The Direct Help Foundation/Meditation (Nag Champa, Ebionite); Magic Works (Myrrlin the Magician, Amberlin the Alchimist); Bim Lama/Green Champa

The Direct Help Foundation are not only an incense making machine, but they’re also a worthwhile charity organization. At Essence of Ages you can find an unprecedented amount of documentation about their organization and their incense making process, including slide shows, for what is a very informative presentation on the art of making Tibetan incenses.

However if there is a difficulty in reviewing the TDHF line, it’s that they release limited edition containers of incense that are actually more than the sum of their parts. For one thing, most of their incense is sold in beautiful hand painted boxes that are some of the most striking and amazing in the industry. These boxes come in single, double and triple sizes and it’s very difficult not to make the purchase based on the art rather than incense, after all they’re quite reusable given each incense bundle also comes wrapped in cellophane and for the most part the natural ingredients don’t bleed into the boxes. If you cherish spiritual art like I do, these will undoubtedly become treasures; despite the fact that the art has to be done fairly quickly to duplicate 100s of boxes, there seem to be very few errors or rough spots. So quite simply no matter what you think of their incense, one will likely feel they got their money’s worth already just based on the box. That’s a very special and unique thing to do.

Incensewise, things get a bit more confusing. The cellophane wrapped incenses not only come in the single boxes, but there are certain incenses that can only be bought in the doubles and triples. Sometimes these scents crossover so you may find Himalayan Jhakri or the Kumary House blends in several different boxes. But this generally doesn’t make them easy to find and if you fall in love with a particular blend, you may find them, at least temporarily, unable to purchase. With the ongoing 30% blowout sale at Essence of the Ages, many of the organization’s incenses, including both of those in the Magic Works set included for review here, appear to be gone for now, which is a shame as they’re among the best in the entire line. The Meditation box is also gone, however, both Ebionite and Nag Champa can be bought separately in single boxes.

Essence of the Ages is one of the few companies that does a Tibetan style Nag Champa incense and if you’ve encountered any of the others, you’ll know they’re nothing at all like their famous Indian counterparts, except for a faint suggestion of aroma. Without halmaddi, Nag Champa loses much of its appeal, leaving behind only the slight floral hints. In fact this might have been a more succesful incense without the connection to the durbar. With so much wood in the base, there is more of a dry quality than a rich one with the sweet floral nature and slight spice adding aromatic qualities that are fairly mild, especially when compared to the impact of the Indian variety. It’s certainly a pleasant and accessible incense, but it’s dragged down by the connection a little, reaching for something the style isn’t really tailor made for.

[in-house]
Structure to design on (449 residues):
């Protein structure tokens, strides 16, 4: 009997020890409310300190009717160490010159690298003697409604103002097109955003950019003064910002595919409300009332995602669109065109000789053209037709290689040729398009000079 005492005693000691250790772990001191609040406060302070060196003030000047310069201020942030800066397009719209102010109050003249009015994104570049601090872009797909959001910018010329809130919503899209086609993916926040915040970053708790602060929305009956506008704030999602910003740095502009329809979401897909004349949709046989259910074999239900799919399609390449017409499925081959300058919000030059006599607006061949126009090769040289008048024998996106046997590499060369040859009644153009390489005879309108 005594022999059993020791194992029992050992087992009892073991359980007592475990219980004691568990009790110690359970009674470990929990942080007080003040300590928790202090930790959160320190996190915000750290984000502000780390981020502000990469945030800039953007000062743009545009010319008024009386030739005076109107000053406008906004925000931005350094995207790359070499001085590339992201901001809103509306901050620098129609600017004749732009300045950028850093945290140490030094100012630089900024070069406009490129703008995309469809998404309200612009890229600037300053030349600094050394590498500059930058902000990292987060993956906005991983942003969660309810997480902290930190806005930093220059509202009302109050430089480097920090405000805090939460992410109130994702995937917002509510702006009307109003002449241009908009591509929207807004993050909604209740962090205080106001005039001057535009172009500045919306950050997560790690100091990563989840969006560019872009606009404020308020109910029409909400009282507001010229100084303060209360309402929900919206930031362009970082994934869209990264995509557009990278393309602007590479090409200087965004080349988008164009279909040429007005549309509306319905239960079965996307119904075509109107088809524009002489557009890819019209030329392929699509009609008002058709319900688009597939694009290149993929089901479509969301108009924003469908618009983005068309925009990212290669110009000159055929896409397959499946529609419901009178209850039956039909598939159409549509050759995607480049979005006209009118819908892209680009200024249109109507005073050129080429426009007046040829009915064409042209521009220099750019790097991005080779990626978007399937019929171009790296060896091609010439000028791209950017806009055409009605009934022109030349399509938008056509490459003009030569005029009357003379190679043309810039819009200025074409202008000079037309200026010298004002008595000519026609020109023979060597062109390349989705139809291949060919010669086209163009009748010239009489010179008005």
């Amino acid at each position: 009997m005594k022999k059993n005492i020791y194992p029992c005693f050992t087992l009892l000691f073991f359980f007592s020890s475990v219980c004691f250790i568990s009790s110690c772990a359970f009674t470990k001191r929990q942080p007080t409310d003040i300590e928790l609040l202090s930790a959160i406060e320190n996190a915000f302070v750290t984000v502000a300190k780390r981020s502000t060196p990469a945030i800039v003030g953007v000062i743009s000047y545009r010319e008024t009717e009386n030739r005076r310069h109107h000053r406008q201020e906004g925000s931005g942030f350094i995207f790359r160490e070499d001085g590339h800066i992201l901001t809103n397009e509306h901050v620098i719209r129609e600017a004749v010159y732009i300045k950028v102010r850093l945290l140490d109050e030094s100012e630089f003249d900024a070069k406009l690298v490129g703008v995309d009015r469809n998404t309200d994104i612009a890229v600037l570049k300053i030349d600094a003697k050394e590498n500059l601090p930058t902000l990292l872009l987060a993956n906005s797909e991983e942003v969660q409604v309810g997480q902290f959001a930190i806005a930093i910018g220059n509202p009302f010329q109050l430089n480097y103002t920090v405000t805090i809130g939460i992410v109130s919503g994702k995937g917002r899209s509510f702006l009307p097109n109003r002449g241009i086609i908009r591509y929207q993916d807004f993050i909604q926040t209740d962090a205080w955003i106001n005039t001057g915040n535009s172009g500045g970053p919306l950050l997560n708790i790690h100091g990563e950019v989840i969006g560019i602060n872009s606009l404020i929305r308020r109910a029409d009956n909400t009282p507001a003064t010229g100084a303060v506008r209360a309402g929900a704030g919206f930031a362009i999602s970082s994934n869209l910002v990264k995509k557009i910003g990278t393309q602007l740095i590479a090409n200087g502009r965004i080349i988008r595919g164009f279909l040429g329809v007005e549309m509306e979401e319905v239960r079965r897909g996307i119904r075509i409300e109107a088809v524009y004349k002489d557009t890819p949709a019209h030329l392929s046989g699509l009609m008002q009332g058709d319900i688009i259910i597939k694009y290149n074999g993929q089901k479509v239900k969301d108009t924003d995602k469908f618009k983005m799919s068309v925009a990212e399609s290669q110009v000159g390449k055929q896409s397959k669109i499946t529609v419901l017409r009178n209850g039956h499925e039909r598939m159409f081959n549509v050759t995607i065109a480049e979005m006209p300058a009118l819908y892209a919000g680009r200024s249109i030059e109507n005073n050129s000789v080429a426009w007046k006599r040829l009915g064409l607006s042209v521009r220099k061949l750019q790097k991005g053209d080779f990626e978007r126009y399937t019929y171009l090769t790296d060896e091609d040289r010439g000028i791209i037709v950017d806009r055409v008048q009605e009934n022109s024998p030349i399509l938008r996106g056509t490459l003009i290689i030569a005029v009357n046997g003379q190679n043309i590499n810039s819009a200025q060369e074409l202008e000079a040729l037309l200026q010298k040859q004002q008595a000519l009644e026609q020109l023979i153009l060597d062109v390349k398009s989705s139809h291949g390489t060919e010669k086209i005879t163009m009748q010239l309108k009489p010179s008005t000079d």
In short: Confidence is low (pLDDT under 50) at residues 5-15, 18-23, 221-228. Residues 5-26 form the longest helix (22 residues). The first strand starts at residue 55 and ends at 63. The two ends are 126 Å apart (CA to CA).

Ebionite is an incense based on a simple Biblical formula, in this case a combination of aloeswood and myrrh. Like  most Tibetan incenses, the aloeswood never has the same sort of character and potency that it does in Japanese sticks and thus the myrrh and binder take the lion’s share of the aroma. Like many Tibetan sticks with a high myrrh content, Ebionite is nearly a low smoke incense, at times it only gives the most faintest of scents. The results are actually fairly musky, similar to amber’s presence in many Tibetans and the overall scent is not far from what myrrh might be like on a heater. As with several other TDHF sticks, the binder aroma isn’t quite perfect here, but as an example of one of the more subtler Tibetan incenses, you really can’t complain too much as the incense is very mellow and mild.

If Nag Champa and Ebionite are relatively one or two note incenses, the two formulas in the Magic Works box are quite a bit more complex and vigorous. The full names of the incenses are basically Myrrlin the Magician and Amberlin the Alchimist, and the motifs are almost a tribute to the Western magic and mystery traditions, with some interesting sigil-like drawings on the cellophane wrapper inserts. Both incenses have in common the strong ingredients of cinnamon and galangal, and although only Myrrlin lists juniper, I would guess there’s a signicant content of it in Amberlin as well. Both of these incenses are powerful, rich, spicy and very pleasant, among the best TDHF has to offer.